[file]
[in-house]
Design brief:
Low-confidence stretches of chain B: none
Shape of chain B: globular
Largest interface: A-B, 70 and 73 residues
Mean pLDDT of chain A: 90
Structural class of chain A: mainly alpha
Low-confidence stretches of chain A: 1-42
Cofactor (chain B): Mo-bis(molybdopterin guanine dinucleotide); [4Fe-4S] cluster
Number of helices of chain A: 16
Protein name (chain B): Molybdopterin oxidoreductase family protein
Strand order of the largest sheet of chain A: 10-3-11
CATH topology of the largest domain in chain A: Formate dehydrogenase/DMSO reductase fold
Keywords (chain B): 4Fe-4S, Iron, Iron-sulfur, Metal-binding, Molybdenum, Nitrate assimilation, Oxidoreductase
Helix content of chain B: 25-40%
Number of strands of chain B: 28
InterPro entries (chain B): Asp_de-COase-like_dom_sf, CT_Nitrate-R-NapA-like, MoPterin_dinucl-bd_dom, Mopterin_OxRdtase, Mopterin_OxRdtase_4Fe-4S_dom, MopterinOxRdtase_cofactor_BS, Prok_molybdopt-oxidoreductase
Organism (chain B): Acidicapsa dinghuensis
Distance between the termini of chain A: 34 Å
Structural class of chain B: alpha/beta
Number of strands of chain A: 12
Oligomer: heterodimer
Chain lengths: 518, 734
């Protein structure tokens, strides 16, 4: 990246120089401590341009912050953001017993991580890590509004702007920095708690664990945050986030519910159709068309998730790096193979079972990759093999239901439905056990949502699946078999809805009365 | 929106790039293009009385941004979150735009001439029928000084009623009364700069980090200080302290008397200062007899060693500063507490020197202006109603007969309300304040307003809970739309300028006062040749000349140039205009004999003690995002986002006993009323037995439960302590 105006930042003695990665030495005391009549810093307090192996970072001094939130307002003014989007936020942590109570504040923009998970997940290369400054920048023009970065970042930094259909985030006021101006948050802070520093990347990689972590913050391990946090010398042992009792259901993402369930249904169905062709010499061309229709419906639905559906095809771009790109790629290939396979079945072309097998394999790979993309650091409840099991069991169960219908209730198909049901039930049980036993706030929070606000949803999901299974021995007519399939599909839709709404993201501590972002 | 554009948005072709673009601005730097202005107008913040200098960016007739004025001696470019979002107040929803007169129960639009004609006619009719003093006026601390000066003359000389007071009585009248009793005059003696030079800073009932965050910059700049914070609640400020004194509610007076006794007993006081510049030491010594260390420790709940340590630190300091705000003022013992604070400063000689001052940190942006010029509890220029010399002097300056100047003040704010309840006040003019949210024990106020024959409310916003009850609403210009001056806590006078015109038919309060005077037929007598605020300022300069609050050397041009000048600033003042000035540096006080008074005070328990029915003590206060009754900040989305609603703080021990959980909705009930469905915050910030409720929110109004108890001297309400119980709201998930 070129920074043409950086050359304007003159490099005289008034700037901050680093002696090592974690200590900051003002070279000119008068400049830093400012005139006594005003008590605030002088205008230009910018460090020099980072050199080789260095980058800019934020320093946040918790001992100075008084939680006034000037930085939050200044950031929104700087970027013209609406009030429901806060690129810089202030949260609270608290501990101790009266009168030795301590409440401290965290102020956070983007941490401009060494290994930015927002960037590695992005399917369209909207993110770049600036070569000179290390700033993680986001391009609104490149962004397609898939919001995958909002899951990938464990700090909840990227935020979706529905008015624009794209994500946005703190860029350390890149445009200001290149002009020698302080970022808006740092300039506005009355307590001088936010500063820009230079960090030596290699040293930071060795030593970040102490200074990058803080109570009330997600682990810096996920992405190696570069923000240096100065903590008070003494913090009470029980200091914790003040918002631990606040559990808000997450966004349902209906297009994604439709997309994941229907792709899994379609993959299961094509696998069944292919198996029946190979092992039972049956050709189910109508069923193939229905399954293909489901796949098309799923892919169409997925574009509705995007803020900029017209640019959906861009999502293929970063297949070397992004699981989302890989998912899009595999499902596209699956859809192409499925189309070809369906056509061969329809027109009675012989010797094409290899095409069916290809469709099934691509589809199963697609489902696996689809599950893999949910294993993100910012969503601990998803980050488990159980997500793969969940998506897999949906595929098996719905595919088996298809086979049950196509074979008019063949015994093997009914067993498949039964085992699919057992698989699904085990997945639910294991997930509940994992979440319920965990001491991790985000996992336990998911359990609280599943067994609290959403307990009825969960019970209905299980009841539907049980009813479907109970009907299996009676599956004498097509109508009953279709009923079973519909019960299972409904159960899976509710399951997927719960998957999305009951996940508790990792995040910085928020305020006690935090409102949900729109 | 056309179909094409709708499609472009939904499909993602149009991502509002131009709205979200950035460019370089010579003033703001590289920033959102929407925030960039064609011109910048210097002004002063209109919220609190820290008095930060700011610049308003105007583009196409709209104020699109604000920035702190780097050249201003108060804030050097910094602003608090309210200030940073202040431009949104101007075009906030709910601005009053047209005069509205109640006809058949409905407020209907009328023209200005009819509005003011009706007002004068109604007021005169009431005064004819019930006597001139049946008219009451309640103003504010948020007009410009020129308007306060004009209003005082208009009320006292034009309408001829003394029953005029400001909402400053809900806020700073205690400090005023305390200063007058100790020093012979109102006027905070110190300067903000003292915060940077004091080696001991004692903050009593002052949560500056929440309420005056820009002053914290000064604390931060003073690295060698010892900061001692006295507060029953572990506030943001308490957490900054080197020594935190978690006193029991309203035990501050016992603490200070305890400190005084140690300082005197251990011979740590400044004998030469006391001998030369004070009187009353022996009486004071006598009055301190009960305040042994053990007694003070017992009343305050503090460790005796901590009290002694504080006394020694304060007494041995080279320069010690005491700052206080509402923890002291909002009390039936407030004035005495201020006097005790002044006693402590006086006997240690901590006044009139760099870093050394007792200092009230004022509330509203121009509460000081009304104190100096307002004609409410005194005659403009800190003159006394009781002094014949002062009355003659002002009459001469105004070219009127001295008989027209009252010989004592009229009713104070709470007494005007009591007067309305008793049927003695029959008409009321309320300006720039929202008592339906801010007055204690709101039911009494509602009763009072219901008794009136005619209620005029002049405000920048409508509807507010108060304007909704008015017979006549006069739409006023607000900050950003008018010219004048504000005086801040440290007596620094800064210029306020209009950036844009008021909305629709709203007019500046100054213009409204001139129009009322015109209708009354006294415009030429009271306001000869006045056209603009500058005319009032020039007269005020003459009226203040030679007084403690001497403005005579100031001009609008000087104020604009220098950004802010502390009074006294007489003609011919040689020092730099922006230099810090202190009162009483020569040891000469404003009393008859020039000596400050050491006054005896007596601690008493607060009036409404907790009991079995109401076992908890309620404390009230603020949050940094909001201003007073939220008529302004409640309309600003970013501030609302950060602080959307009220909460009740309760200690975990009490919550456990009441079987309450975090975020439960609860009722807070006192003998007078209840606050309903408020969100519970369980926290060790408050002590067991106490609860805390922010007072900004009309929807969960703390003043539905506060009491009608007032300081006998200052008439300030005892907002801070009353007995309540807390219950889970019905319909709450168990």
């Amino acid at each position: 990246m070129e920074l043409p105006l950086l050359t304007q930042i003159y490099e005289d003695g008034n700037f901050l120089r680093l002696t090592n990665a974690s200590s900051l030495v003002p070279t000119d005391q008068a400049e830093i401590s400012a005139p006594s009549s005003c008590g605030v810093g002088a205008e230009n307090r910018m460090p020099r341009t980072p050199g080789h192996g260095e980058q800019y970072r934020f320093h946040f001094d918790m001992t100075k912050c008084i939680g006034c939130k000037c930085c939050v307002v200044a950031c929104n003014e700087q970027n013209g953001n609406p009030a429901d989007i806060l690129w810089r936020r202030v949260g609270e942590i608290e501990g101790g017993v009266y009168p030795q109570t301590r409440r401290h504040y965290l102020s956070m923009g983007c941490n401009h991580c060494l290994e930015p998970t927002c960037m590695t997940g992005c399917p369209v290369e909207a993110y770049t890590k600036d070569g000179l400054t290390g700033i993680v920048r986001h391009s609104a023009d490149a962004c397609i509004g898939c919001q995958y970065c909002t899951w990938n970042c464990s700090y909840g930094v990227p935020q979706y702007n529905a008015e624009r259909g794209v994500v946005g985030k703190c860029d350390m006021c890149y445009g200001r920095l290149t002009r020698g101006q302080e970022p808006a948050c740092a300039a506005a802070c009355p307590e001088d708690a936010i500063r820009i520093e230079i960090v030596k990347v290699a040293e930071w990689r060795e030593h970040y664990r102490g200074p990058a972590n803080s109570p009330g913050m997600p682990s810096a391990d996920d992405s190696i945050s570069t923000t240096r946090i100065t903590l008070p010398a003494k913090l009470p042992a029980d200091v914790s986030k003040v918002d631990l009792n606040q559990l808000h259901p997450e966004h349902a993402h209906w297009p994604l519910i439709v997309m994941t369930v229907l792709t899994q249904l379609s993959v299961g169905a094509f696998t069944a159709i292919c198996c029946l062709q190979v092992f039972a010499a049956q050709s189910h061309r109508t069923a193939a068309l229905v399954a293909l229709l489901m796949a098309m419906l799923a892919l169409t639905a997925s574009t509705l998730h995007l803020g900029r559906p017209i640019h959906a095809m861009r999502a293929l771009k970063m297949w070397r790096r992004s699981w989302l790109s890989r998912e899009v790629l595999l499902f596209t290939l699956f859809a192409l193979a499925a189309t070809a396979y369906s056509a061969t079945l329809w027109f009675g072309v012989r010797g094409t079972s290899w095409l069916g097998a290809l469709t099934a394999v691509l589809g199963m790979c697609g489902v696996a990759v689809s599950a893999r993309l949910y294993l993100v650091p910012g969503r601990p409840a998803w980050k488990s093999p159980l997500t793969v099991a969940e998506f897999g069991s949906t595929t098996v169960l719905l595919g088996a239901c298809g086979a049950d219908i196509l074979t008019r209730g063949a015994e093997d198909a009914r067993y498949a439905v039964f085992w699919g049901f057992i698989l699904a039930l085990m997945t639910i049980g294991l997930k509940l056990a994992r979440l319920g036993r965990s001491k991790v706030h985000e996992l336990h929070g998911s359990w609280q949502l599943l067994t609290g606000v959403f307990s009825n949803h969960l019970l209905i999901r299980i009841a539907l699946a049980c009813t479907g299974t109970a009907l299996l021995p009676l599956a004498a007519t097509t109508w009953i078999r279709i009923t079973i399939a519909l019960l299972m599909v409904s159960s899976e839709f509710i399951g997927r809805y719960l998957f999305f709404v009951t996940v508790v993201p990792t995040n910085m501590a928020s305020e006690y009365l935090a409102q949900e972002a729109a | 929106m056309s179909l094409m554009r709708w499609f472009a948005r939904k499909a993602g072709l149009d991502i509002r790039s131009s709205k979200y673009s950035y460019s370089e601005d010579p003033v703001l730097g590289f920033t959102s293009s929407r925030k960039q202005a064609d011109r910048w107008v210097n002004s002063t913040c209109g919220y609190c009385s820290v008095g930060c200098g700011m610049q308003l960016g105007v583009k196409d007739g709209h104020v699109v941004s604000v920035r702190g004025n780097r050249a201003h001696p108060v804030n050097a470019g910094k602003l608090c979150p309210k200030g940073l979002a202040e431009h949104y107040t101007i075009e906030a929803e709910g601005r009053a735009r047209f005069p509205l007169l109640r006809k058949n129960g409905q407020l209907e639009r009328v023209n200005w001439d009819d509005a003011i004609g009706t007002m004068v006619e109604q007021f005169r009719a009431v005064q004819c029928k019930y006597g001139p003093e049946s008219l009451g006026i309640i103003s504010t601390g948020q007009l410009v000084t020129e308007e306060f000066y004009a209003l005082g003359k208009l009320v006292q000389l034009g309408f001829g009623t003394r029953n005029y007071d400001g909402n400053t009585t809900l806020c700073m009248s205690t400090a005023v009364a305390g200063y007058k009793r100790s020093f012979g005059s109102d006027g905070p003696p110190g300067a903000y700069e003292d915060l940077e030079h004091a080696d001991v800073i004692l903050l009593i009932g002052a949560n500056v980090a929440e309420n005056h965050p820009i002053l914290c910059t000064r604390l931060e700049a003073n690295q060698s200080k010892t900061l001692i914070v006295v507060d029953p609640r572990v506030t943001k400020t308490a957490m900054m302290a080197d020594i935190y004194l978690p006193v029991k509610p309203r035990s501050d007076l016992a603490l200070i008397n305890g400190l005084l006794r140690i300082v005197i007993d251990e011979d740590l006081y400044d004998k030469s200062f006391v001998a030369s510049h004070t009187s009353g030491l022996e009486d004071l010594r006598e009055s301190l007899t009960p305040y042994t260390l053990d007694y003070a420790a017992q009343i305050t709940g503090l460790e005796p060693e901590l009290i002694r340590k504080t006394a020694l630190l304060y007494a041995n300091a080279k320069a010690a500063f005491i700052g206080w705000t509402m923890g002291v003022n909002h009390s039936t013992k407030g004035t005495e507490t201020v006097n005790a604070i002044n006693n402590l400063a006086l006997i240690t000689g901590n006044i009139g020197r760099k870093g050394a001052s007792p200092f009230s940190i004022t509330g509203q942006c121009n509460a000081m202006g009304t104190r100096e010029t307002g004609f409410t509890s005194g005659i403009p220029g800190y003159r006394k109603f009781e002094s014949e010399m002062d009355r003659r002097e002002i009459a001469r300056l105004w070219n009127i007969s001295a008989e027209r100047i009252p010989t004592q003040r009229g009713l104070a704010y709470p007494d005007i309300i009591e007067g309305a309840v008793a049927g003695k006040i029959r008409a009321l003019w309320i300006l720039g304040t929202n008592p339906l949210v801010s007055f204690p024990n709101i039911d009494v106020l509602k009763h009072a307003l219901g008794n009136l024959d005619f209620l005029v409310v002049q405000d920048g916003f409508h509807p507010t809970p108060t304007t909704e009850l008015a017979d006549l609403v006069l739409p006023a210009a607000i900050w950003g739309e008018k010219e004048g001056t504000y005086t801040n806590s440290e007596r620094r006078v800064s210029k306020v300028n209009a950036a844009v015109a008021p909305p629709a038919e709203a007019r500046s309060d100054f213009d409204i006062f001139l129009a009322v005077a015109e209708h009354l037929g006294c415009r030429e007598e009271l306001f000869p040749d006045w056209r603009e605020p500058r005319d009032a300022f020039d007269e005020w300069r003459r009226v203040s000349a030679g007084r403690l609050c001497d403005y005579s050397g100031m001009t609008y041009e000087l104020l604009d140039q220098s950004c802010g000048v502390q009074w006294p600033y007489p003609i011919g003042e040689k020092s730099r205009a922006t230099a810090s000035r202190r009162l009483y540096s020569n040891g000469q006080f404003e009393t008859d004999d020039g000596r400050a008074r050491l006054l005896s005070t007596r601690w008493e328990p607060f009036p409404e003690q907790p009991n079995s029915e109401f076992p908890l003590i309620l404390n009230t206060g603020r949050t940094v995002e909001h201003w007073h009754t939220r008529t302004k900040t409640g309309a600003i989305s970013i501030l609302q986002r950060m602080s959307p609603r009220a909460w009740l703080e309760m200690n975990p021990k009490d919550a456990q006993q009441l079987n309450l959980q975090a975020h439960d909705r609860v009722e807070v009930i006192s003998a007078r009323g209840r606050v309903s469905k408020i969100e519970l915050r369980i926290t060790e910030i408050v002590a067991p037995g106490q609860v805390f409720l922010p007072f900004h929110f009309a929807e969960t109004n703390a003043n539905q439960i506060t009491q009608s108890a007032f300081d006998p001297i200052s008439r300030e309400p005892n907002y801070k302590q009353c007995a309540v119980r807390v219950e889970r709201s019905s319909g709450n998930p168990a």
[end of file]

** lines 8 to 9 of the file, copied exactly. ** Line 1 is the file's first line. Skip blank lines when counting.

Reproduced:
Low-confidence stretches of chain A: 1-42
Cofactor (chain B): Mo-bis(molybdopterin guanine dinucleotide); [4Fe-4S] cluster